Thank you for organizing a General Assembly debate on peacekeeping. It is essential that all Member States be able to participate in the reflection on this activity which symbolizes the United Nation’s action.
1/ We share your desire to improve the functioning of the PKOs. That’s why we launched an initiative with the British mission under our presidency of the Security Council in January 2009. Our objective was to improve political and military oversight of the PKOs by the Security Council, ensure more effective management of the administrative, logistic and financial aspects of the operations and to fine tune the doctrine on the complex issues associated with peacekeeping such as civilian protection and peace building. Progress has been made with respect to all of these aspects thanks to the input provided by everyone, not just within the framework of the Security Council, but thanks to the New Horizon report formulated by the Secretariat, the presidential statements by the Security Council adopted on August 5, 2009, and February 10, 2010, and also the work of the Special Committee on Peacekeeping Operations. In addition, we welcome the fact that the green light has been given to the global support strategy; France will make sure that it provides the necessary improvements in order to support the missions.
We will continue our work to ensure in particular the strengthening of the chain of command of the PKOs, to improve cooperation with the contributors of troop and police officers, and also to ensure greater financial oversight of the peacekeeping operations. The budget for peacekeeping operations has increased exponentially over the last few years; it is essential to reflect on ways to responsibly manage this budget. The results achieved at the most recent session of the Fifth Commission on the Financing of Peacekeeping Operations demonstrate that this concern is now being taken more effectively into consideration. We have no doubt that the Secretariat will increase its efforts to this end.
2/ Changes with respect to the monitoring of the PKOs are necessary in order in particular to more effectively take into account the political dimension of the peacekeeping operations, which is the purpose of this panel’s discussions. This political dimension is multifaceted: it relates both to the political support lent to the mission and to the impact of the mission’s presence on the political process in progress in the recipient country.
— Effective oversight by the headquarters of a peacekeeping operation and decisions made in line with the realities on the ground and the political priorities outlined in New York ensure the political commitment of the Member States throughout that operation. In order to maintain consensus regarding its action and the provision of the necessary resources, there should be continuous exchanges of information between the headquarters and the mission, as well as with the contributors of troops and police officers. The Secretariat and the members of the United Nations should be able, at all times, to get a swift and clear overview of the action of all peacekeeping forces deployed throughout the world. Support for a PKO that does not have close links with the headquarters is bound to crumble away.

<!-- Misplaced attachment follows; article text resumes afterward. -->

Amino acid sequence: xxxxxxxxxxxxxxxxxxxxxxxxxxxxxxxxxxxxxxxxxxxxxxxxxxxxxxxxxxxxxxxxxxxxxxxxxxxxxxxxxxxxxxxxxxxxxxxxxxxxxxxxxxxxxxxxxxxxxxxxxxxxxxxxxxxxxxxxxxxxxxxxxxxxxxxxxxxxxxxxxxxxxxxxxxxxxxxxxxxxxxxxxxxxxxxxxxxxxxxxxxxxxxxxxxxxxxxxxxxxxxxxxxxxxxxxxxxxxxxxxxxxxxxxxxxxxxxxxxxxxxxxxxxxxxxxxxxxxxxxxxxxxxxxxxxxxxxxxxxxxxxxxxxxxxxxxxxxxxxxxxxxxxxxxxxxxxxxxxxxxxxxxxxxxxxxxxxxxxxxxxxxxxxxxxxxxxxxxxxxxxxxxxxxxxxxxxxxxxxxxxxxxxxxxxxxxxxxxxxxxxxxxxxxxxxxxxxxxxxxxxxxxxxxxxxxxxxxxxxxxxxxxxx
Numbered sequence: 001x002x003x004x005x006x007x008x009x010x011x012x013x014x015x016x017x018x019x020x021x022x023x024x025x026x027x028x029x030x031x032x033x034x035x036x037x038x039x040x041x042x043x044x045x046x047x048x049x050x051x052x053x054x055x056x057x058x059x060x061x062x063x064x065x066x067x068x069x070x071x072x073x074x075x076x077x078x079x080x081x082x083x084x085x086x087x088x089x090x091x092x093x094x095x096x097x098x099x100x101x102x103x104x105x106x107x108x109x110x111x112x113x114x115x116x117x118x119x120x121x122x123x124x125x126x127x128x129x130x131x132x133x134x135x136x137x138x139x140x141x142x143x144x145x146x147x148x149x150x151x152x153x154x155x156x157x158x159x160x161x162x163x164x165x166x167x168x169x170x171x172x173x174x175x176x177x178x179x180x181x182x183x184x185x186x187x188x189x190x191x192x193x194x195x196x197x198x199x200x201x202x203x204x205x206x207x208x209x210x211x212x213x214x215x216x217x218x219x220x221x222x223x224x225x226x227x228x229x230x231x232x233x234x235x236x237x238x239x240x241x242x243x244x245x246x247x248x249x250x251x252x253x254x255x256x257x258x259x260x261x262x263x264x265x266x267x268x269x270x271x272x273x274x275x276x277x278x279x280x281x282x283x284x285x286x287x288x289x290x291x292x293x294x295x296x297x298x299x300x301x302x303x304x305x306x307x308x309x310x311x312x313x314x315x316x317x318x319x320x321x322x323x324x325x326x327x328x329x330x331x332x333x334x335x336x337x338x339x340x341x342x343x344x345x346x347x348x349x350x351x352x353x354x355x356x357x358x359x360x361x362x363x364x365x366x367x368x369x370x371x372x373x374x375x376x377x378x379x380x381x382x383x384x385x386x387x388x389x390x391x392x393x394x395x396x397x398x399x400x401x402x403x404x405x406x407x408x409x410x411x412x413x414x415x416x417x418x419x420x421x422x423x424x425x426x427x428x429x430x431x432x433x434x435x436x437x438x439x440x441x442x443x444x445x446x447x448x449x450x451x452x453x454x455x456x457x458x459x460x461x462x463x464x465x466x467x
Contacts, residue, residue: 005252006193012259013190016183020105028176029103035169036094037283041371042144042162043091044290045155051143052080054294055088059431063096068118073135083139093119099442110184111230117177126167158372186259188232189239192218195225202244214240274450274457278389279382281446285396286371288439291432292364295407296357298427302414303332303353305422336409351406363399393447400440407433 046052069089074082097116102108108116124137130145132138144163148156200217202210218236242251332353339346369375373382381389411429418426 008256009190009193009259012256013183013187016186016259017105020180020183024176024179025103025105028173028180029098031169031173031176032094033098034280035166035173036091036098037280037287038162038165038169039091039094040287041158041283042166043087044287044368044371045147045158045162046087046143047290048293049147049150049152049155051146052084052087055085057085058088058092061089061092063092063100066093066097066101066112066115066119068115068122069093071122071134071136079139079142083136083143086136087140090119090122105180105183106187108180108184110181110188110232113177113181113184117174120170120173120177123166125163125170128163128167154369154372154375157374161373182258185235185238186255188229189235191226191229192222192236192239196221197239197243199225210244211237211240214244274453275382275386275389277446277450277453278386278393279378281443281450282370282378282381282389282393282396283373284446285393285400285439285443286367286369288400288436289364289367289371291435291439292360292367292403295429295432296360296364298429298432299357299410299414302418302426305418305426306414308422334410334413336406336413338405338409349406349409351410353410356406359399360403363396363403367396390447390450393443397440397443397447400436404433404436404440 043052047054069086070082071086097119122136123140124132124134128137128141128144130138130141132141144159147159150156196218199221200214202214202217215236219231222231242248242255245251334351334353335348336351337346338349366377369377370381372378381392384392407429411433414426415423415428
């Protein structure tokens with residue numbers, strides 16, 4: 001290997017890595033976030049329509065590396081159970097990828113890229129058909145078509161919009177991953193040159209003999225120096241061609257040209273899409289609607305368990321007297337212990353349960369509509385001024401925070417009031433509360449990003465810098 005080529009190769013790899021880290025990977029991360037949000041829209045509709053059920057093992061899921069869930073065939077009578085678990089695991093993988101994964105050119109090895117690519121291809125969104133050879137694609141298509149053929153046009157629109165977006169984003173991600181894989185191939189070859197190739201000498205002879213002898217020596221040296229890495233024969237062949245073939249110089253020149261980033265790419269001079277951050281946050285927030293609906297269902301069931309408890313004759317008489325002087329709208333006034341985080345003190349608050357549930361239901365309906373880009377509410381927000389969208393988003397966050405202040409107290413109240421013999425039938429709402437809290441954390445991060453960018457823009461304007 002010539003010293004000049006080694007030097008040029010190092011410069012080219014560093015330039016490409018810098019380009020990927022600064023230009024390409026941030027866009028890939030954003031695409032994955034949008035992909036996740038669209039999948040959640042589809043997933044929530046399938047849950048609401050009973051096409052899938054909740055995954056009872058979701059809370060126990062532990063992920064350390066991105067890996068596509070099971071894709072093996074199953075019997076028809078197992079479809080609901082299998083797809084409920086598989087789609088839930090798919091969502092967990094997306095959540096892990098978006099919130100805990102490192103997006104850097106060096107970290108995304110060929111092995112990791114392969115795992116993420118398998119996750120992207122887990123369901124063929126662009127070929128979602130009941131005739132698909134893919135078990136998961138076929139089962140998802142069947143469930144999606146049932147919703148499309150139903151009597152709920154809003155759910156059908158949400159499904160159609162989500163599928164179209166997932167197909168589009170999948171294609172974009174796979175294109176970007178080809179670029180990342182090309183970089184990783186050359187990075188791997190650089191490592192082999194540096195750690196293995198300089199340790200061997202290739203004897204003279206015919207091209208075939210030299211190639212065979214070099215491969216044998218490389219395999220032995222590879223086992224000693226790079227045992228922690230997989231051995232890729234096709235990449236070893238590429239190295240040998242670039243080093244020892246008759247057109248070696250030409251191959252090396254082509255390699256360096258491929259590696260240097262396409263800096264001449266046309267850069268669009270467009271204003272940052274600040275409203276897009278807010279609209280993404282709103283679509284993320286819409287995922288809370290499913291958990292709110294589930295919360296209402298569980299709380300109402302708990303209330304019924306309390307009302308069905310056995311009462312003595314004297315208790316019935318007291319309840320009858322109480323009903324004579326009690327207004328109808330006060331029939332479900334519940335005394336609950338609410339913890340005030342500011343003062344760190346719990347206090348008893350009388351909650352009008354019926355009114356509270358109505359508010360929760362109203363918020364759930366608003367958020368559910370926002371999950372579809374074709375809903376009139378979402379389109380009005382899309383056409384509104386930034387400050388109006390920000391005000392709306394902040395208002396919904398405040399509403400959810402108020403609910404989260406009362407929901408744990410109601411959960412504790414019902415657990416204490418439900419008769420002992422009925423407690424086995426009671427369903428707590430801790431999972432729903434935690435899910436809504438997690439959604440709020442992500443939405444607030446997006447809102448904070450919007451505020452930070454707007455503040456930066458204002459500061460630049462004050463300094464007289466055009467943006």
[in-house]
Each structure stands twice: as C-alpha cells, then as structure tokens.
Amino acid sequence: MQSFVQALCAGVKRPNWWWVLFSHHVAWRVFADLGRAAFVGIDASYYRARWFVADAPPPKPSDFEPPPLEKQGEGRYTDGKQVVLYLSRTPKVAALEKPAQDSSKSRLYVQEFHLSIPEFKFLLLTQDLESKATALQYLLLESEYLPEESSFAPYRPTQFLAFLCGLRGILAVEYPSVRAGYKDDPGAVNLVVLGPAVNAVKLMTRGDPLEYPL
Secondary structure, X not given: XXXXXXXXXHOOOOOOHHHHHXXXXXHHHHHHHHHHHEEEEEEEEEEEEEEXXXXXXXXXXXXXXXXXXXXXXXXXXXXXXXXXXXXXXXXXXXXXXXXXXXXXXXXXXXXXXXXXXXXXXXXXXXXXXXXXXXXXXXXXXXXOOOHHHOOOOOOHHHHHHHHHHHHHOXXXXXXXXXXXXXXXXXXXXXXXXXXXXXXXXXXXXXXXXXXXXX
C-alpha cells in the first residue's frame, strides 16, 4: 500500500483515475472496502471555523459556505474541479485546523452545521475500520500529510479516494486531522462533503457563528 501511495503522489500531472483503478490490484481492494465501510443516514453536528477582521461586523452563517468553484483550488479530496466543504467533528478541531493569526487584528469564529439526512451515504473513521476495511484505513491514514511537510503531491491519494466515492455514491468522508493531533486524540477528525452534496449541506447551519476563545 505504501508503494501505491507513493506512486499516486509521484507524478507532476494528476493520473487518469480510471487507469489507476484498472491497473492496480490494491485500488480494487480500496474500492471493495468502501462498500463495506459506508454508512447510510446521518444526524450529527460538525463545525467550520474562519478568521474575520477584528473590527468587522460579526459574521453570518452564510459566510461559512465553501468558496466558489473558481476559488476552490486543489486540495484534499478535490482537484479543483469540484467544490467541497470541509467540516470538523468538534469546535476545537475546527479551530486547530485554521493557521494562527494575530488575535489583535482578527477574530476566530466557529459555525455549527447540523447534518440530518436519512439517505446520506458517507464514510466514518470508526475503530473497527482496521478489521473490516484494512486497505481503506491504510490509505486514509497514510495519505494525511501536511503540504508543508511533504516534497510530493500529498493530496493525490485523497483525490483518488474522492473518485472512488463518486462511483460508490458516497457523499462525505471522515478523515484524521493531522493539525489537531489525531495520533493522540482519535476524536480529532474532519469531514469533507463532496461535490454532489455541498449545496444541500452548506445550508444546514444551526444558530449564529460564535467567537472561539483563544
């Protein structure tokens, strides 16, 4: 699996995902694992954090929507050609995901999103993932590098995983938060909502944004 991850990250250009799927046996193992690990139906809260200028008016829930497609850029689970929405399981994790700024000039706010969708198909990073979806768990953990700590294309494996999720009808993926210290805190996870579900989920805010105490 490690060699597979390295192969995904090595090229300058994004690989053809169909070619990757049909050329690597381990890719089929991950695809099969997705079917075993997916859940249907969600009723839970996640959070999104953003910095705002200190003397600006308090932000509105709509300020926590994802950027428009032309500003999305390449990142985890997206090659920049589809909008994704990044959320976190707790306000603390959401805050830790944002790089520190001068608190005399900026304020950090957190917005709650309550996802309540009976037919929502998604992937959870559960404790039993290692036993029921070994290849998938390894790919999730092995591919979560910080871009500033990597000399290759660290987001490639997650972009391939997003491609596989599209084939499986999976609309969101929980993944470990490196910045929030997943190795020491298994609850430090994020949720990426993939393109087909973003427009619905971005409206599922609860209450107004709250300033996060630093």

— The presence and action of a PKO naturally has repercussions on the political process in progress in a given country. There is no general rule that applies to all situations with respect to how a PKO should support a political process, contribute to strengthening the rule of law, or deal parties that jeopardize the political process ("the spoilers"). These issues require individual responses which must be determined through continuous dialogue between the mission and the UN Headquarters. Since a PKO cannot function in isolation from its environment, it is vital to develop the civilian missions of the PKOs as early as possible in order to develop tools capable of tracking political developments in the country.
Lastly, the political support of the regional organizations, and often of the countries neighboring those that are hosting the PKO, should also be sought. When the roots of conflict make a mockery of political borders, this regional dialogue is one of the keys to reconciliation, resettlement of the populations and the DDR process; these form an integral part of post-conflict stabilization.
I am happy that this topic is now being addressed in a forum as large as the General Assembly since all of us can work towards the modernization and improved effectiveness of the PKOs.